Dr Fiona Dickinson, from the Department of Chemistry at the University of Bath, explains her use of concept bite videos in a concept bite video.
This is a recorded version of a case study presentation at a Director of Studies Forum. To see some actual concept bites, here are links to a few selected ones at different levels
This case study from Chemistry, is part of a series providing short summaries of some of the different good practice models and approaches taken to department level support for graduate teaching assistants (GTAs).
The Department of Chemistry moved GTA training ‘in-house’ to enable new PG students to demonstrate early in semester 1. The training also allows for peer instruction from seasoned demonstrators, as well as additional support for continuing demonstrators. The course has been developed and delivered by a DoS, Dr Fiona Dickinson, with support from all staff who teach in the laboratories. (more…)
Understanding the structure of a compound or material is central to the learning goals in many areas of science and engineering including chemistry, pharmacology, materials and chemical engineering, and biochemistry. But structures are three dimensional and conceptually difficult to understand through the normal two-dimensional learning formats of lectures, lecture notes, textbooks and whiteboards. This 2013-14 project provided access to software and extensive database resources to all undergraduate and postgraduate students, undertaking Chemistry and Natural Science degrees, to allow them to view and manipulate structures in three dimensions using departmental computer resources and their own laptops, computers, tablets and smartphones. The project will leverage the existing resources and skills of the applicants, derived from current published educational material, extending these significantly and placing the University of Bath learning provision at the international forefront. The eventual goal is to have the manipulation of structures by the student as a routine learning element wherever relevant within the University of Bath course structure - considerable aiding their understanding of the subject. (more…)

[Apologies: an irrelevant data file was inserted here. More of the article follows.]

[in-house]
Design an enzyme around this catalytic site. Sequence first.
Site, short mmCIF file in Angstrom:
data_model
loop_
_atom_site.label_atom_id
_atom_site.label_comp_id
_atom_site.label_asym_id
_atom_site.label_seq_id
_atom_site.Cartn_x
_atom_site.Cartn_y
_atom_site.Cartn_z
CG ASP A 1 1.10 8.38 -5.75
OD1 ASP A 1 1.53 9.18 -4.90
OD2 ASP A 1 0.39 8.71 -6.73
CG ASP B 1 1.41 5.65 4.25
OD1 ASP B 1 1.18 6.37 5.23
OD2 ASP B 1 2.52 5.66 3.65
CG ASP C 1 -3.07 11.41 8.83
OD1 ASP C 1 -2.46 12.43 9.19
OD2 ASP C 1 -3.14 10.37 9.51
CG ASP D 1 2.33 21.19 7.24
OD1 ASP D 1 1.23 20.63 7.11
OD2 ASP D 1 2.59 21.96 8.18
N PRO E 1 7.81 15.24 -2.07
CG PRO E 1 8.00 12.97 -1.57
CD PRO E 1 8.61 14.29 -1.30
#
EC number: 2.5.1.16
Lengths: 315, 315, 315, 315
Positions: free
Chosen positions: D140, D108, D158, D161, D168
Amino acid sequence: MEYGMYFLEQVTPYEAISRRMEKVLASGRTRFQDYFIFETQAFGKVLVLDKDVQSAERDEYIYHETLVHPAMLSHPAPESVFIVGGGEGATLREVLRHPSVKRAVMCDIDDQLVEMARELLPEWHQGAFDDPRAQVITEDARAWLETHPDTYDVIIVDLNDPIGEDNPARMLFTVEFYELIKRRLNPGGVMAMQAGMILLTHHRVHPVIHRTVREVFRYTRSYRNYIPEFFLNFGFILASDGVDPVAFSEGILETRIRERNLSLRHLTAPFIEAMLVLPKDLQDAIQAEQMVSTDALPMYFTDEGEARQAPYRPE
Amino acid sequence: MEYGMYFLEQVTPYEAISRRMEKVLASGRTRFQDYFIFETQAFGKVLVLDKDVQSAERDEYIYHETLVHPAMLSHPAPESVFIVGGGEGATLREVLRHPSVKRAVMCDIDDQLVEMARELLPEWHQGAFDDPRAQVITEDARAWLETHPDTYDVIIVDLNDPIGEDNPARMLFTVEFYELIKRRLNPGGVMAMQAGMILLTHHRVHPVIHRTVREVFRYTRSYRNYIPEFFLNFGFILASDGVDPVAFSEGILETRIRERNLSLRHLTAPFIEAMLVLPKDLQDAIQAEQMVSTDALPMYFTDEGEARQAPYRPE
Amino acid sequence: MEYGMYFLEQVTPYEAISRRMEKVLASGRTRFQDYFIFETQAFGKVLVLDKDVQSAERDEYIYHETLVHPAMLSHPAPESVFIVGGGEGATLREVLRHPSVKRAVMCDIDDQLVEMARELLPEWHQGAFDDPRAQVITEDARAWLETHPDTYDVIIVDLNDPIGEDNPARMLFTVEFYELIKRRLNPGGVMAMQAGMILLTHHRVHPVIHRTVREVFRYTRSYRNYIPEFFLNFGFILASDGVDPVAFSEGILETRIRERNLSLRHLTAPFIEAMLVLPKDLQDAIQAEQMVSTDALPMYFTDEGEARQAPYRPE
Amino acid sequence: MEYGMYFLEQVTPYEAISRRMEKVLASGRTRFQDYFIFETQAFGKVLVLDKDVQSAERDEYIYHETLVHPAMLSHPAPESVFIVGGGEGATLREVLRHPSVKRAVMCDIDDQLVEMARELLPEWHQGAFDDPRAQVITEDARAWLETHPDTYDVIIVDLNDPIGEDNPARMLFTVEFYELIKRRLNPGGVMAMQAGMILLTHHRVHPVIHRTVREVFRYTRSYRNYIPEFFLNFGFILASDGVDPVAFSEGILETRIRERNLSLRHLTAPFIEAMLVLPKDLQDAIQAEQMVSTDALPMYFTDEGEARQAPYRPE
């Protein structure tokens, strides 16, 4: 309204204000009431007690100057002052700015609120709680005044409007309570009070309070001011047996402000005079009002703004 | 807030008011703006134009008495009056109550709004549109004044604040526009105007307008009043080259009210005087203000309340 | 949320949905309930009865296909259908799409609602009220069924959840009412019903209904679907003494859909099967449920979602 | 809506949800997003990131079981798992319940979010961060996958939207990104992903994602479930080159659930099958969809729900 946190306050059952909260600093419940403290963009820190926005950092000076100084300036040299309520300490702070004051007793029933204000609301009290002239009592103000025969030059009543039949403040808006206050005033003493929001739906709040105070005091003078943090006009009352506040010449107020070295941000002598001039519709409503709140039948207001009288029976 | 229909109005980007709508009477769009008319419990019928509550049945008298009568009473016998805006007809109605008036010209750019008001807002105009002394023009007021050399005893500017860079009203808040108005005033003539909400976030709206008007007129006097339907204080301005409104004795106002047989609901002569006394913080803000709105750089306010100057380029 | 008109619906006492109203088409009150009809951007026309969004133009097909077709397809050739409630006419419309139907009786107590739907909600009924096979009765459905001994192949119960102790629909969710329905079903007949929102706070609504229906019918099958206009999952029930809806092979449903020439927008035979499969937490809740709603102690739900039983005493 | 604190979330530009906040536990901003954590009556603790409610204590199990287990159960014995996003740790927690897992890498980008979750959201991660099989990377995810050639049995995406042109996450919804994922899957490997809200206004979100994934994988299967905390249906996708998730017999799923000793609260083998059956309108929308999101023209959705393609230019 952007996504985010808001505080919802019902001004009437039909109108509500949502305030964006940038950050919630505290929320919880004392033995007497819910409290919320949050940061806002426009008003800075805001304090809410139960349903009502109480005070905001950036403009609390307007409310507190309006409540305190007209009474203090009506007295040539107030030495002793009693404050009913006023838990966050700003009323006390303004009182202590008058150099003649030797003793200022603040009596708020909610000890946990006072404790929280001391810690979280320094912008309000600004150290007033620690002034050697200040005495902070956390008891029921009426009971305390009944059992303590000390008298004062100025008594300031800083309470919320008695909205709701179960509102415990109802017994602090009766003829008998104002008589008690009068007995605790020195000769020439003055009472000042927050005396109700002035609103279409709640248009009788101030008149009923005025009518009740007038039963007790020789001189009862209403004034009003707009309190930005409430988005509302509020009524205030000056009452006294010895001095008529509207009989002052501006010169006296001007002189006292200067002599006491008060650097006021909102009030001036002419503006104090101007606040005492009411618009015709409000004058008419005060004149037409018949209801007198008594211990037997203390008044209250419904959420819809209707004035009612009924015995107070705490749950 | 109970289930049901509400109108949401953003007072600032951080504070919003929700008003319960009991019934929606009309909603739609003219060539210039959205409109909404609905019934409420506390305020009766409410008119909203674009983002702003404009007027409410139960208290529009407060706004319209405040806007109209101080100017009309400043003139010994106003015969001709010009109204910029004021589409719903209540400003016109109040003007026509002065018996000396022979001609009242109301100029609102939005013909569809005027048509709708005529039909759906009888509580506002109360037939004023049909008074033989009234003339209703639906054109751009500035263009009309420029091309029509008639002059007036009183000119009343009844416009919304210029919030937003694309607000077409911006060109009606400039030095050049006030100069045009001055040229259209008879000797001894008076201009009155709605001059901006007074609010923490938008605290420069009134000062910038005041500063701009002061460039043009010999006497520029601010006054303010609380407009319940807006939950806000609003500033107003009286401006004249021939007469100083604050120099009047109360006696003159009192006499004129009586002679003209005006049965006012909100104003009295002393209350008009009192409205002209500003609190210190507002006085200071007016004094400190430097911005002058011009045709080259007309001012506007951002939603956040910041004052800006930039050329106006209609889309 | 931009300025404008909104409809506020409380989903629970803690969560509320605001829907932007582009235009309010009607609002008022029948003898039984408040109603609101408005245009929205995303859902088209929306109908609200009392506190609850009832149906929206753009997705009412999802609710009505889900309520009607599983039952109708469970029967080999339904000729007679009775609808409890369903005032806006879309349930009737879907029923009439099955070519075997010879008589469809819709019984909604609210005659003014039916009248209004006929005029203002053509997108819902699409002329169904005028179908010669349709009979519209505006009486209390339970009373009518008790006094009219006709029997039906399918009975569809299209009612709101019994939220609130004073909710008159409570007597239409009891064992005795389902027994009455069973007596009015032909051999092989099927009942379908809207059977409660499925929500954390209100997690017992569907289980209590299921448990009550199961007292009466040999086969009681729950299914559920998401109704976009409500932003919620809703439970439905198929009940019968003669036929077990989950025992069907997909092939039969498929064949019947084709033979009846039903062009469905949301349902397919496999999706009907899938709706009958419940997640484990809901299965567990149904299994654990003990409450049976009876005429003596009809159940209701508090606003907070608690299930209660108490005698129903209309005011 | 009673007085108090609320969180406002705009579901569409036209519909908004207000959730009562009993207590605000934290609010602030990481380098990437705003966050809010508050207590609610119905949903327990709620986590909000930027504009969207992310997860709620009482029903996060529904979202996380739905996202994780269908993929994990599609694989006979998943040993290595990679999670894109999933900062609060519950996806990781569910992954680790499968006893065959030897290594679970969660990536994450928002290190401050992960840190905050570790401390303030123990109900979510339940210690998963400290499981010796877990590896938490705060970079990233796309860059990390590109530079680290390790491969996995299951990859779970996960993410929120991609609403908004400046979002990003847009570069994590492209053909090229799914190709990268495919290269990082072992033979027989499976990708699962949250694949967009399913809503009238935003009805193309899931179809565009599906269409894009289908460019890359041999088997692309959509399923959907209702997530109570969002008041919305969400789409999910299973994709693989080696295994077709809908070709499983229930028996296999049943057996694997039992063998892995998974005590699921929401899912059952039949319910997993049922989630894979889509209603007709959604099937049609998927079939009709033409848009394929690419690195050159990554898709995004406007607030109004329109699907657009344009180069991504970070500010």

The aim of this 2013-14 project was to generate large banks of applied numeracy Moodle questions to support the teaching of basic maths in Biochemistry and Chemistry. We employed and trained six students studying these subjects to create new randomised question banks in Moodle XML using PHP. Mathematical expressions were coded in LaTeX for MathJax, so that when displayed in Moodle, they would be fully accessible in all browsers, on small screens and can be magnified or read aloud if required. This method of displaying equations in Moodle is now the only available method at Bath. We have also produced the questions in a way that makes them fully accessible to disabled students by formatting the maths in MathJax.All the new questions were tested by students (although not all errors were picked up) and some of the new questions were used for formative and small-stakes summative assessment with Biochemistry Students. We have made the questions available through the top level of Moodle, and the XML and the PHP files through an online blog.